Supporting Housing First research in New Zealand

The People’s Project is committed to supporting research that contributes to robust evidence and a framework for developing a model for ending homelessness in New Zealand.  

Overseas evidence has shown that people’s wellbeing has improved when they have received permanent accommodation through Housing First services. Furthermore, Housing First has been proven to be a lot more cost-effective than other approaches to homelessness, when interactions with Government services are included in the analysis.

We have partnered with the University of Otago's He Kainga Oranga Housing and Health Research Programme, Statistics New Zealand and the University of Waikato’s National Institute of Demographic and Economic Analysis (NIDEA) to be part of a five-year research programme which is funded by the Ministry of Business, Innovation and Employment. 

The People's Project research programme involves five concurrent projects.


1. Ending Homelessness in New Zealand: Housing First - Integrated Data Infrastructure (IDI) Project: outcomes for people housed. Led by Dr Nevil Pierce

The IDI at Statistics NZ links government administrative data, such as health, social welfare, corrections and police data. It allows researchers to look at the de-identified, anonymous interactions of people with these services. 

This research began in 2016 and is using the IDI across a wide range of datasets to evaluate outcomes for 390 clients of The People’s Project – up to 30 years before being housed and at two and five years after they were housed. The aim is to show the effect pre- and post-housing on the wellbeing of these people, and the extent of savings available to the government across a range of government-funded services by adequately funding and adopting Housing First.

The results are already debunking the myth that people who are homeless are hard to reach, as all 390 records have been successfully linked to datasets in the IDI. 

Early results are showing that people’s interactions with health and justice services progressively increased in the five to 15 years before they engaged with The People’s Project for assistance.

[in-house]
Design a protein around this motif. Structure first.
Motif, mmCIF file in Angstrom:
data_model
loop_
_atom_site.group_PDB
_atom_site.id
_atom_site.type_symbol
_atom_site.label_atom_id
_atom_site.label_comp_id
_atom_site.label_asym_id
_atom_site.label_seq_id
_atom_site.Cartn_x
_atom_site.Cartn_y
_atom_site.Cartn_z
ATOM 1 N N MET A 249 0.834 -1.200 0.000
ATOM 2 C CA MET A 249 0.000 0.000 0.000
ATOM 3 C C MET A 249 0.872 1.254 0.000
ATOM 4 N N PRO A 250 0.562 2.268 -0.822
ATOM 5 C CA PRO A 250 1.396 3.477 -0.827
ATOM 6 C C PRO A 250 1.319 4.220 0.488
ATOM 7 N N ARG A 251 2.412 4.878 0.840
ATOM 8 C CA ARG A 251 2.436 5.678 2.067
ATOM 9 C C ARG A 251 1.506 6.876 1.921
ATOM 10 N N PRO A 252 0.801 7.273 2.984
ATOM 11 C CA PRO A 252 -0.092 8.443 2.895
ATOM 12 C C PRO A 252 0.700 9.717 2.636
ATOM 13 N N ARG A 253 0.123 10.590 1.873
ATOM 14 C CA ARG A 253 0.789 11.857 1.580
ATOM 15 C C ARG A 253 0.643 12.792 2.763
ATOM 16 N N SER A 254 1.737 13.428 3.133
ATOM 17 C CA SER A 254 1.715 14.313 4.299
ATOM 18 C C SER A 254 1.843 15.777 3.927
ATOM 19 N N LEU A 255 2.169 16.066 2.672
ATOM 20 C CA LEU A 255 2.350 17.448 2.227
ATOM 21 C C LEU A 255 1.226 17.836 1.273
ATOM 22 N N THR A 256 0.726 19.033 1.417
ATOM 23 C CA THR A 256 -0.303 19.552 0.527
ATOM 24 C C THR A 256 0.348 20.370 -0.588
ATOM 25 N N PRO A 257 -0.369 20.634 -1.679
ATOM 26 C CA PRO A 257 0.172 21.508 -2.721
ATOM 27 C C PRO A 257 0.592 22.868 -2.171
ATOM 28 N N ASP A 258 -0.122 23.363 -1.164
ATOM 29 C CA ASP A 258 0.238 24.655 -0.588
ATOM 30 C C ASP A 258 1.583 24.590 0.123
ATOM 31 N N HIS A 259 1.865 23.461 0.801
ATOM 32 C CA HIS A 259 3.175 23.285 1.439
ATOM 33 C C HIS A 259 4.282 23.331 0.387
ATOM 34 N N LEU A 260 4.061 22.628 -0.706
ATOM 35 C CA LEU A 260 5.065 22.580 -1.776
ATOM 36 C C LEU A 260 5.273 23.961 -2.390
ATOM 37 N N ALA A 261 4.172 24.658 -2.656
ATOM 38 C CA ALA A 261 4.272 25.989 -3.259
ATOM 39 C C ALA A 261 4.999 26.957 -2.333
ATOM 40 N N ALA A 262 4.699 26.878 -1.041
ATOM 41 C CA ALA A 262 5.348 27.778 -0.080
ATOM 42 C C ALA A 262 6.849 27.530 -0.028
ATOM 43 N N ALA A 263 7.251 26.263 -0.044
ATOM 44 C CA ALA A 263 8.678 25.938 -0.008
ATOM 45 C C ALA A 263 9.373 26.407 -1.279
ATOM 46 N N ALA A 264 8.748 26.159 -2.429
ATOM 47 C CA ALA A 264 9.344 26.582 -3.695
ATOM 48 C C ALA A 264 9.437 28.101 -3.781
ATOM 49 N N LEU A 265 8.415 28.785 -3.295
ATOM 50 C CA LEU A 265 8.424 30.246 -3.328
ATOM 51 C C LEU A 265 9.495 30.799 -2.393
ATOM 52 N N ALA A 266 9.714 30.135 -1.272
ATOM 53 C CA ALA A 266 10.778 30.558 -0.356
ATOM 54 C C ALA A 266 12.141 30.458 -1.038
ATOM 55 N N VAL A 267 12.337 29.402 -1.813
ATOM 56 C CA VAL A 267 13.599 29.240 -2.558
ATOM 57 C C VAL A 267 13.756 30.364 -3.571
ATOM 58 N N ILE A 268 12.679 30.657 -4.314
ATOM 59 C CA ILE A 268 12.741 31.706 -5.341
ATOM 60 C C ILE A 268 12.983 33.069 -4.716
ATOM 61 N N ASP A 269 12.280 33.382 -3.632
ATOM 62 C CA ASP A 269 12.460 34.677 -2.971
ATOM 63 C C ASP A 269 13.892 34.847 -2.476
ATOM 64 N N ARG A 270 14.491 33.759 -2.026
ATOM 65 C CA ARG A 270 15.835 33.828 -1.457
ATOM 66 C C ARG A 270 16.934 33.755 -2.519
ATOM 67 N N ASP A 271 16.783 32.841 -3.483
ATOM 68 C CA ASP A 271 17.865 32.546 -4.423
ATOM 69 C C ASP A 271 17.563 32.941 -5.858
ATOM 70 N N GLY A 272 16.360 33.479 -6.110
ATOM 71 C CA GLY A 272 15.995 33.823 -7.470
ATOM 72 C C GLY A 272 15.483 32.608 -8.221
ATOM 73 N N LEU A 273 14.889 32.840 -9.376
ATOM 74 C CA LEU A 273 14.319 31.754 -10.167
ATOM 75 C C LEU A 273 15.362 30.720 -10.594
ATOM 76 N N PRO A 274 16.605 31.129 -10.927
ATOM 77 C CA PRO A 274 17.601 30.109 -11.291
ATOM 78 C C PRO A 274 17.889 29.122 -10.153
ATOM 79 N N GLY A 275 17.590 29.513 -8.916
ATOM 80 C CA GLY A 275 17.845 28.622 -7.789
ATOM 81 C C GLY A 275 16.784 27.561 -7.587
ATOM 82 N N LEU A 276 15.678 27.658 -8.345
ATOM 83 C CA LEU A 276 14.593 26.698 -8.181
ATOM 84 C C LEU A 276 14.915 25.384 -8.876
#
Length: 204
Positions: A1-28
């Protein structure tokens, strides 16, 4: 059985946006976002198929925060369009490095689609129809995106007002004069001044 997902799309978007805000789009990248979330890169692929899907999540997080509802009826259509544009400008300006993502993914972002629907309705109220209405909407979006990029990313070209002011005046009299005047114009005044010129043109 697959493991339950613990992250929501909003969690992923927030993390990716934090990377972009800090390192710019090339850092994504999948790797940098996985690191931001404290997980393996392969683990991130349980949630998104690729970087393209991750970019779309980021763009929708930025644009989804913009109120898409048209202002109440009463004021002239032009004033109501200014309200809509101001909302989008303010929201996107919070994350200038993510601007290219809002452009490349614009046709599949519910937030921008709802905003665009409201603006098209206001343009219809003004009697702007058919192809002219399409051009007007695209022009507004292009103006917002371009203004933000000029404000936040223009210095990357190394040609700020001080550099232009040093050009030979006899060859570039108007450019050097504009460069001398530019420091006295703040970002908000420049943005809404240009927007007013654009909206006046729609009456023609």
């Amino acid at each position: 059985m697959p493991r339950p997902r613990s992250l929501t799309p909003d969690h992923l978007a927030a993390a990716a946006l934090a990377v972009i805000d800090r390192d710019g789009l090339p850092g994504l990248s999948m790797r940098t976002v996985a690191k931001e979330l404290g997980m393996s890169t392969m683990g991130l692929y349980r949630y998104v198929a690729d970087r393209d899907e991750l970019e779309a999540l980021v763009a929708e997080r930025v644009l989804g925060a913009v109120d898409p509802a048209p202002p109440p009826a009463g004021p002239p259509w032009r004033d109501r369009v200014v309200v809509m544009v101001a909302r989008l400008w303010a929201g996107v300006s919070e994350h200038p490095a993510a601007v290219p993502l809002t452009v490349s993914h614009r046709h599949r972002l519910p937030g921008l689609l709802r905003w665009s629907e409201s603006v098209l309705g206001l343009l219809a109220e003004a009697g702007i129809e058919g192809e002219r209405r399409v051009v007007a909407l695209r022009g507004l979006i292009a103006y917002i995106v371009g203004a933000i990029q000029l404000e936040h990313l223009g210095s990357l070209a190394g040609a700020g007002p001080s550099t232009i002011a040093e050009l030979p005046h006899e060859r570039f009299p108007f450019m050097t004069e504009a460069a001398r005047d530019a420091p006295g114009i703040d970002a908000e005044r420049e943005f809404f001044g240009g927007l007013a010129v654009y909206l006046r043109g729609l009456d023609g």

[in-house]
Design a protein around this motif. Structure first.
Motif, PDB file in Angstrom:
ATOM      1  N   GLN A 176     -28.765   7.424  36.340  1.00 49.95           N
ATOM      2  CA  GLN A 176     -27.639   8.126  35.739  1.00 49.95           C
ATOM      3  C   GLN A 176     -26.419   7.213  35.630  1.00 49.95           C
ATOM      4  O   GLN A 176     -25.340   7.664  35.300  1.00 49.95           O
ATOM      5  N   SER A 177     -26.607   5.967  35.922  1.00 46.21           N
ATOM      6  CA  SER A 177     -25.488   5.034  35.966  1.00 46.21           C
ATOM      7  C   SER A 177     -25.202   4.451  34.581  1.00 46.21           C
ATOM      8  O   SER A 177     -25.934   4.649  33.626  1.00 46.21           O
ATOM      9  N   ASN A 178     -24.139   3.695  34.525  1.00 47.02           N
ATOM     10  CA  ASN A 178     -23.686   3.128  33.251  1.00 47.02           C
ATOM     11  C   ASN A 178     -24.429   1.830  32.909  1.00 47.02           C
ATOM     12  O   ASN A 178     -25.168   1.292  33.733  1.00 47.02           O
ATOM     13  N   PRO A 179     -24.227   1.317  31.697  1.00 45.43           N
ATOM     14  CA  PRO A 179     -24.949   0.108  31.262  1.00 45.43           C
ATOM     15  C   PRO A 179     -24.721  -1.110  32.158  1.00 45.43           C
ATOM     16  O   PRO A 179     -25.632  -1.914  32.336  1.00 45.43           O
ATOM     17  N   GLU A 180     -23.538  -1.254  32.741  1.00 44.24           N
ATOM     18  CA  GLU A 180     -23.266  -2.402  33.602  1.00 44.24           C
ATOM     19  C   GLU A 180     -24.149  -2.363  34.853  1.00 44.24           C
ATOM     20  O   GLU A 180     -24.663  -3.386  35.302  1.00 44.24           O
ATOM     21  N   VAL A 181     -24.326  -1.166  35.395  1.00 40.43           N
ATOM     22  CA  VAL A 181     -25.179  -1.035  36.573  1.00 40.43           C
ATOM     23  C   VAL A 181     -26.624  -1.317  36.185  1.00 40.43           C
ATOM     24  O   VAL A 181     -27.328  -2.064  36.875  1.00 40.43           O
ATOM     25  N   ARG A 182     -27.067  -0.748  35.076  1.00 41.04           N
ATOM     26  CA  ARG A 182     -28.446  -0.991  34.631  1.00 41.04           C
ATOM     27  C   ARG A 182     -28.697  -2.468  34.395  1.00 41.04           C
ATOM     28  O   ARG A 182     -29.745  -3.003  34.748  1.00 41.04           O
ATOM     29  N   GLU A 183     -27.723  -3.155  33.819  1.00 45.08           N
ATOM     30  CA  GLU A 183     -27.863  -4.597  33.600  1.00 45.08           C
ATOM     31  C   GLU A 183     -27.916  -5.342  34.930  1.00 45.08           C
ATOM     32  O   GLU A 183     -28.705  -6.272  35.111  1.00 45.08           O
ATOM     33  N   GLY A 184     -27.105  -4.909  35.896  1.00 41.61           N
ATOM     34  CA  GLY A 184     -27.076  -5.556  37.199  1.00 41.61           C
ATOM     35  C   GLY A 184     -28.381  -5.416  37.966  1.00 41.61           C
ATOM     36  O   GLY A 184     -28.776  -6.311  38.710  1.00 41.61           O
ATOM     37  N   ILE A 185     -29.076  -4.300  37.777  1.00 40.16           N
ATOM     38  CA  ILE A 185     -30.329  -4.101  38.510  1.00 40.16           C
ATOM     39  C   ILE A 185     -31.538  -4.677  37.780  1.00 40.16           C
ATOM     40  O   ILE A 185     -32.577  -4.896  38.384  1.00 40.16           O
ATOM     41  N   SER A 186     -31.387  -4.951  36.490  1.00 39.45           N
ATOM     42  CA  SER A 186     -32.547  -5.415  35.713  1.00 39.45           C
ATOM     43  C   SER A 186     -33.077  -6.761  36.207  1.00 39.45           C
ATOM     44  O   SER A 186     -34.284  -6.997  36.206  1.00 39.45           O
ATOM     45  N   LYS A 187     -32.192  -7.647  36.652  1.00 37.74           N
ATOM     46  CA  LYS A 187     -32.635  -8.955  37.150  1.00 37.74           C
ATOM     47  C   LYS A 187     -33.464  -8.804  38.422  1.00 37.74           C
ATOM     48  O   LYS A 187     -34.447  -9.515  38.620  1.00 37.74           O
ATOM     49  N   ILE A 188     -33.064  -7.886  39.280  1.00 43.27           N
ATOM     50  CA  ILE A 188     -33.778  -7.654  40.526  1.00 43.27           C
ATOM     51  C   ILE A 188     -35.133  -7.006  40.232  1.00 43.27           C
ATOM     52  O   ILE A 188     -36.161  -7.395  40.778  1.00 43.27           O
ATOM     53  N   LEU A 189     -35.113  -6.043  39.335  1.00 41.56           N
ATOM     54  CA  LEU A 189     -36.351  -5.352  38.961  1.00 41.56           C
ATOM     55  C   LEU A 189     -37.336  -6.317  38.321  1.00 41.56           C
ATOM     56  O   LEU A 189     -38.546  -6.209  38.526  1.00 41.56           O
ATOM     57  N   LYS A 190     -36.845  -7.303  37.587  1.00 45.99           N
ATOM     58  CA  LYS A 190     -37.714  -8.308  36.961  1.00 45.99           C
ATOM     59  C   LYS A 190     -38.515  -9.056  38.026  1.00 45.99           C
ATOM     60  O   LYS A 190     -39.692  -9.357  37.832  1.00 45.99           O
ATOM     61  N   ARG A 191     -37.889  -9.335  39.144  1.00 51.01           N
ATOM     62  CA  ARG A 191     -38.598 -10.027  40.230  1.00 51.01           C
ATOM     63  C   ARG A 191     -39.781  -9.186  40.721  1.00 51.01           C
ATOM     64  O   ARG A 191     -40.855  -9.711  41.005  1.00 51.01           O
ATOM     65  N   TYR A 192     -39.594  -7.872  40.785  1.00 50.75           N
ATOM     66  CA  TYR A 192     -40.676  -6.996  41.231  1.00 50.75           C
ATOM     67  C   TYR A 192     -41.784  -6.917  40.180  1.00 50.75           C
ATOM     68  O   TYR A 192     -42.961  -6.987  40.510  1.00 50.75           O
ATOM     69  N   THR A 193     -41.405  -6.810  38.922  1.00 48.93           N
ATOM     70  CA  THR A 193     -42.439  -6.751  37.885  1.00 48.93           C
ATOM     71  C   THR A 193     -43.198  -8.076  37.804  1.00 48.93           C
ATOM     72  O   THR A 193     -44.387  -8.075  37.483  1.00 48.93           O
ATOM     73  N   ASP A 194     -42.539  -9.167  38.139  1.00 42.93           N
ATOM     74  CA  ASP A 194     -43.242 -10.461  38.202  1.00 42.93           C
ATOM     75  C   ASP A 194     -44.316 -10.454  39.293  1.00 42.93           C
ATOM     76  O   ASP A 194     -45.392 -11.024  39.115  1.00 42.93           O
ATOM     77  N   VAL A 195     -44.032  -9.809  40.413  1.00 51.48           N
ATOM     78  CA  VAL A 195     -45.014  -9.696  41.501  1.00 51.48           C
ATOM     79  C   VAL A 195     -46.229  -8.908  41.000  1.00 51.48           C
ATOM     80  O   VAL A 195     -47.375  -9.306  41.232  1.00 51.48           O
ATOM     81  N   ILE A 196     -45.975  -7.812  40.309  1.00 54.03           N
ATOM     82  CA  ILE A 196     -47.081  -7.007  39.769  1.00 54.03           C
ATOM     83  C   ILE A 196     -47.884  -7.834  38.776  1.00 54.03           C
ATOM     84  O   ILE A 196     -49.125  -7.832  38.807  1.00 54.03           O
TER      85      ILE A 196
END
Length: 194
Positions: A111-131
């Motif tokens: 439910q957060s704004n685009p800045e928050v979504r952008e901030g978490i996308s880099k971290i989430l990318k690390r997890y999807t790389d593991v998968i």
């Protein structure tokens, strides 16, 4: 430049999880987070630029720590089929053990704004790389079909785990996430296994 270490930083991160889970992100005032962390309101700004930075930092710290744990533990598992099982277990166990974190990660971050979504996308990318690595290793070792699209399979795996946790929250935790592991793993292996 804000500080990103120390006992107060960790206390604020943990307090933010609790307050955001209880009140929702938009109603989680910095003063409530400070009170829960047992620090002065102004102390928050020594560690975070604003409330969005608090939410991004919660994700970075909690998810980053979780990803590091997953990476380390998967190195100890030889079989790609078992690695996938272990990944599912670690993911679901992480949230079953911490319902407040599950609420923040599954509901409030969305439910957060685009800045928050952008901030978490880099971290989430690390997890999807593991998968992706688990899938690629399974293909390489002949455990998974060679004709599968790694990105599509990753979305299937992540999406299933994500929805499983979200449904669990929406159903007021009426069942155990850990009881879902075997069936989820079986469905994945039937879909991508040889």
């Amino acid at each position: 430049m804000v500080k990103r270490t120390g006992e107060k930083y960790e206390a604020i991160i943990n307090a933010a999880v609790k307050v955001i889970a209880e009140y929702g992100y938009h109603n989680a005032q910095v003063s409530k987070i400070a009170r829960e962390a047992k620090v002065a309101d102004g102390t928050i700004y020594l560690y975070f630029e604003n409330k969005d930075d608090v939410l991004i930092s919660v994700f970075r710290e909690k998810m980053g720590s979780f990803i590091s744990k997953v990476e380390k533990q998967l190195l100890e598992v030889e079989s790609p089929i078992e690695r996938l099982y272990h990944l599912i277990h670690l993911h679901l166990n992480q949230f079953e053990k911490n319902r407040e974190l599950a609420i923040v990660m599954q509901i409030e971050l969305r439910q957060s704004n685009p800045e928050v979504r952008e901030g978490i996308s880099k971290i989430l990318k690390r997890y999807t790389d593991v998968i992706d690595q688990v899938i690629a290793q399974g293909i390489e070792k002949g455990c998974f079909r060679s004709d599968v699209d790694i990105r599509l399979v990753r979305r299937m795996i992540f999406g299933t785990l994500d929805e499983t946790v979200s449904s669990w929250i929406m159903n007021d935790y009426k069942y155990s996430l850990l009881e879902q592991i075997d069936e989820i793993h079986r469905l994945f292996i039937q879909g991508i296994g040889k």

We will communicate the results of the first phase of this research as soon it is available.



2. The People’s Project: a model for ending homelessness in Hamilton. Led by Dr Polly Atatoa Carr

This research is a collaboration between NIDEA and The People’s Project, analysing 695 client records to determine characteristics of people who have been homeless in Hamilton. It will analyse the demographic characteristics of this group of people compared to the Hamilton population in general, and delve into their experiences of homelessness. 

3. Geographies of Homelessness: a case study of The People’s Project. Led by Renee Shum

University of Waikato researcher Renee Shum is looking at the definitions of homelessness that are used by providers of the services accessed by clients of The People’s Project. Renee is also interviewing providers about things that have worked and not worked in support of clients when working alongside The People’s Project.

4. Homelessness in Hamilton: pathways to finding a home. Led by Dr Rebekah Graham

Dr Rebekah Graham is conducting in-depth interviews with seven to 10 people who have been housed by The People’s Project, to investigate what contributed to their homelessness and then what helped them find and stay in a home. This research includes photo-elicitation of the possessions or items that are important to people in their new homes. 

5. Lost points of intervention: pathways to homelessness in Hamilton, New Zealand. Led by Carole McMinn

Researcher Carole McMinn will interview and survey people who are being supported by The People’s Project to determine their pathways to homelessness. Overseas research shows that this pathway can often begin in childhood. Participants will be given the opportunity to tell us what type of intervention might have stopped them becoming homeless, and at what point in their journey to homelessness this help would have been welcomed. Carole is a case worker with The People’s Project and is also undertaking her doctorate.